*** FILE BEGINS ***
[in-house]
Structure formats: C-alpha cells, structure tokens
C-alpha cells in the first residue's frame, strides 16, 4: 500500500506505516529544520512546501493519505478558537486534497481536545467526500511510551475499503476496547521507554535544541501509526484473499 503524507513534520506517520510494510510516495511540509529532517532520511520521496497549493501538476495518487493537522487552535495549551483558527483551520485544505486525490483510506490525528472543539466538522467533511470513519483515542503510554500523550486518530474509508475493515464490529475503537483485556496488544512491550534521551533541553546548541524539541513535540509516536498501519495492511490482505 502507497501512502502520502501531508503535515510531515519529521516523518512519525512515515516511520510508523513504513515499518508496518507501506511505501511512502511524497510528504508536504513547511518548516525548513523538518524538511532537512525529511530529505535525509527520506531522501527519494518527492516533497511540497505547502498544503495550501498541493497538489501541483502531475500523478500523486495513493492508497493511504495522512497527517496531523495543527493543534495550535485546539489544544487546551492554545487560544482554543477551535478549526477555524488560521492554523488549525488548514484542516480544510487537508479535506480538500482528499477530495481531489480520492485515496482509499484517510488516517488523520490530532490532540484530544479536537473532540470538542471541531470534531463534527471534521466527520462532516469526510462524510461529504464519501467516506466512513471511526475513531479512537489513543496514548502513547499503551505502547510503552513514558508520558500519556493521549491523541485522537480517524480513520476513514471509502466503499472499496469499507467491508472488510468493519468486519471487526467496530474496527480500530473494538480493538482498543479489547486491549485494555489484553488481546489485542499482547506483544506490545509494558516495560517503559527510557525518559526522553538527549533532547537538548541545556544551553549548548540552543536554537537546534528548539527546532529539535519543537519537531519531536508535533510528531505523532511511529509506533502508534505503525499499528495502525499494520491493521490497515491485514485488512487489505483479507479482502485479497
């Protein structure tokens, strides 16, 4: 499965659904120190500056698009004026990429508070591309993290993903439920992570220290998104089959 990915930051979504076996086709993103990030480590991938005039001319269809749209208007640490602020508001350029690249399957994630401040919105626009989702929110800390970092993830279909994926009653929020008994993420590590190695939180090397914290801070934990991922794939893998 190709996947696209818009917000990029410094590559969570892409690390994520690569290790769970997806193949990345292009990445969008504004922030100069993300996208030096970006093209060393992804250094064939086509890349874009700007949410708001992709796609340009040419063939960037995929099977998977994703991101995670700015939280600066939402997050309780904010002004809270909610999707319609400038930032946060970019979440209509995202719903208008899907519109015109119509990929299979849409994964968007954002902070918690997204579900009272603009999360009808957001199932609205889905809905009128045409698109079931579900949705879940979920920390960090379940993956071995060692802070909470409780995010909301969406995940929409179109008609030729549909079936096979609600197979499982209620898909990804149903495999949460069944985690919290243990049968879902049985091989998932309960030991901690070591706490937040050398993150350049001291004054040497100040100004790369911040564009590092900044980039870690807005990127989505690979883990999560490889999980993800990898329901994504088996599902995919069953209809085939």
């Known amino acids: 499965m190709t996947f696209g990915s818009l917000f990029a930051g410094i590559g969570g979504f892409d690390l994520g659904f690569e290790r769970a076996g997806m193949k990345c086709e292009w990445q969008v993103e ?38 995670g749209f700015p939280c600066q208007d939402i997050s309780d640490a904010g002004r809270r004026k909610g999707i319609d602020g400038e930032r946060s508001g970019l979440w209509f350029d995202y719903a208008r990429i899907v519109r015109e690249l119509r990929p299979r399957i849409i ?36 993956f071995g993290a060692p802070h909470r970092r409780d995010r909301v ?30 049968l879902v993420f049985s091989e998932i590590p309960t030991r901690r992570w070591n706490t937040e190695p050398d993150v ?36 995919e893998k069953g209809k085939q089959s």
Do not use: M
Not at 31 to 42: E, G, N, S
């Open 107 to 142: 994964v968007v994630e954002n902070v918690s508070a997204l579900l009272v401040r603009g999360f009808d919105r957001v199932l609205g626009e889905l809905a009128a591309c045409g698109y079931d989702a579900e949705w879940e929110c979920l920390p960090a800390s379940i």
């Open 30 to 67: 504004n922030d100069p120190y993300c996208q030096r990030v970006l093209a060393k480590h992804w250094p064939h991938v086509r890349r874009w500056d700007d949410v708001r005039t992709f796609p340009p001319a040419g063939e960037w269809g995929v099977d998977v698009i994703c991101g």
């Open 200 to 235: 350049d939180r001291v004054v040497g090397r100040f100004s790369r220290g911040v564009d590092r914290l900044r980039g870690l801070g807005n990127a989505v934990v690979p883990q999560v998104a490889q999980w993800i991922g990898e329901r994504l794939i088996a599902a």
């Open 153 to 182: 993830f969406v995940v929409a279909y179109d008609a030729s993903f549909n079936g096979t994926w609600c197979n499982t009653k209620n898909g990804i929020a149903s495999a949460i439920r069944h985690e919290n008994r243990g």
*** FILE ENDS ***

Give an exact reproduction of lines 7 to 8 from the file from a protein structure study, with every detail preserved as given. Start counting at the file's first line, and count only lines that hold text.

Not at 31 to 42: E, G, N, S
């Open 107 to 142: 994964v968007v994630e954002n902070v918690s508070a997204l579900l009272v401040r603009g999360f009808d919105r957001v199932l609205g626009e889905l809905a009128a591309c045409g698109y079931d989702a579900e949705w879940e929110c979920l920390p960090a800390s379940i």